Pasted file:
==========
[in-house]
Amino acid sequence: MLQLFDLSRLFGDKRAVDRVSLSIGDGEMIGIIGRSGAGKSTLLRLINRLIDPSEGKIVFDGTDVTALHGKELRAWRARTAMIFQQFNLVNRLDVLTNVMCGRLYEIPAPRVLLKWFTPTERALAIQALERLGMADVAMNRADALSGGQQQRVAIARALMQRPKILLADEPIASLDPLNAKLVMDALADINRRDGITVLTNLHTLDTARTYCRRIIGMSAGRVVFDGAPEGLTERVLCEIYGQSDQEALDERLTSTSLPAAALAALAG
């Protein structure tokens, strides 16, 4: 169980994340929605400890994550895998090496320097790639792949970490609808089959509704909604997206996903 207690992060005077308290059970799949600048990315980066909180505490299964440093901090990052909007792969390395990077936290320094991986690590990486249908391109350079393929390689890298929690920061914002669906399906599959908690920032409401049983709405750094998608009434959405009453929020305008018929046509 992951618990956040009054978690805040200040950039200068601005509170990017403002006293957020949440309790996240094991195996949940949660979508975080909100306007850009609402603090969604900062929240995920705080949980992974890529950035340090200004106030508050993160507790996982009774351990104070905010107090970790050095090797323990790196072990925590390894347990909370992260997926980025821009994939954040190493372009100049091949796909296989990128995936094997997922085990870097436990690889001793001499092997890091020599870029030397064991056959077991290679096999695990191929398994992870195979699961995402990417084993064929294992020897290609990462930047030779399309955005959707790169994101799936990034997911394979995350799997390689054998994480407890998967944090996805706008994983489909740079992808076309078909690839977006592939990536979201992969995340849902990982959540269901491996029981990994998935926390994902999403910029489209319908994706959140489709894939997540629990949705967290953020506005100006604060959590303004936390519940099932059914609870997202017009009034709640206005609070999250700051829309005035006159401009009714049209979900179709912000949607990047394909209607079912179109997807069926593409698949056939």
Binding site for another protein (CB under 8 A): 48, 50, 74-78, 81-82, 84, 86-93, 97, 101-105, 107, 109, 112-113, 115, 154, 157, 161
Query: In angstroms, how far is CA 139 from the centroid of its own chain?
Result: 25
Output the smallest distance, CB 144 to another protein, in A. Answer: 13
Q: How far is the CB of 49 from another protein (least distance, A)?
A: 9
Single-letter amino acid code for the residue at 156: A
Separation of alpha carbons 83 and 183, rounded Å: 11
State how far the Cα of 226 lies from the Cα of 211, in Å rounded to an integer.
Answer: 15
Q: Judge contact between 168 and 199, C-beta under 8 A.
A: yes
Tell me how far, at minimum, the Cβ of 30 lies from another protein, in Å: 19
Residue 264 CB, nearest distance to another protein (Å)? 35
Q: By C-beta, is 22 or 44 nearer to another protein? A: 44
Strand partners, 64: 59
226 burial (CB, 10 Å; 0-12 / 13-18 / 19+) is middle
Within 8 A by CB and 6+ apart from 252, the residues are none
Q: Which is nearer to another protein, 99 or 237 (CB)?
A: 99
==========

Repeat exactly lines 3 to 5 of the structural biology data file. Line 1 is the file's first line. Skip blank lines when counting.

């Protein structure tokens, strides 16, 4: 169980994340929605400890994550895998090496320097790639792949970490609808089959509704909604997206996903 207690992060005077308290059970799949600048990315980066909180505490299964440093901090990052909007792969390395990077936290320094991986690590990486249908391109350079393929390689890298929690920061914002669906399906599959908690920032409401049983709405750094998608009434959405009453929020305008018929046509 992951618990956040009054978690805040200040950039200068601005509170990017403002006293957020949440309790996240094991195996949940949660979508975080909100306007850009609402603090969604900062929240995920705080949980992974890529950035340090200004106030508050993160507790996982009774351990104070905010107090970790050095090797323990790196072990925590390894347990909370992260997926980025821009994939954040190493372009100049091949796909296989990128995936094997997922085990870097436990690889001793001499092997890091020599870029030397064991056959077991290679096999695990191929398994992870195979699961995402990417084993064929294992020897290609990462930047030779399309955005959707790169994101799936990034997911394979995350799997390689054998994480407890998967944090996805706008994983489909740079992808076309078909690839977006592939990536979201992969995340849902990982959540269901491996029981990994998935926390994902999403910029489209319908994706959140489709894939997540629990949705967290953020506005100006604060959590303004936390519940099932059914609870997202017009009034709640206005609070999250700051829309005035006159401009009714049209979900179709912000949607990047394909209607079912179109997807069926593409698949056939």
Binding site for another protein (CB under 8 A): 48, 50, 74-78, 81-82, 84, 86-93, 97, 101-105, 107, 109, 112-113, 115, 154, 157, 161
Query: In angstroms, how far is CA 139 from the centroid of its own chain?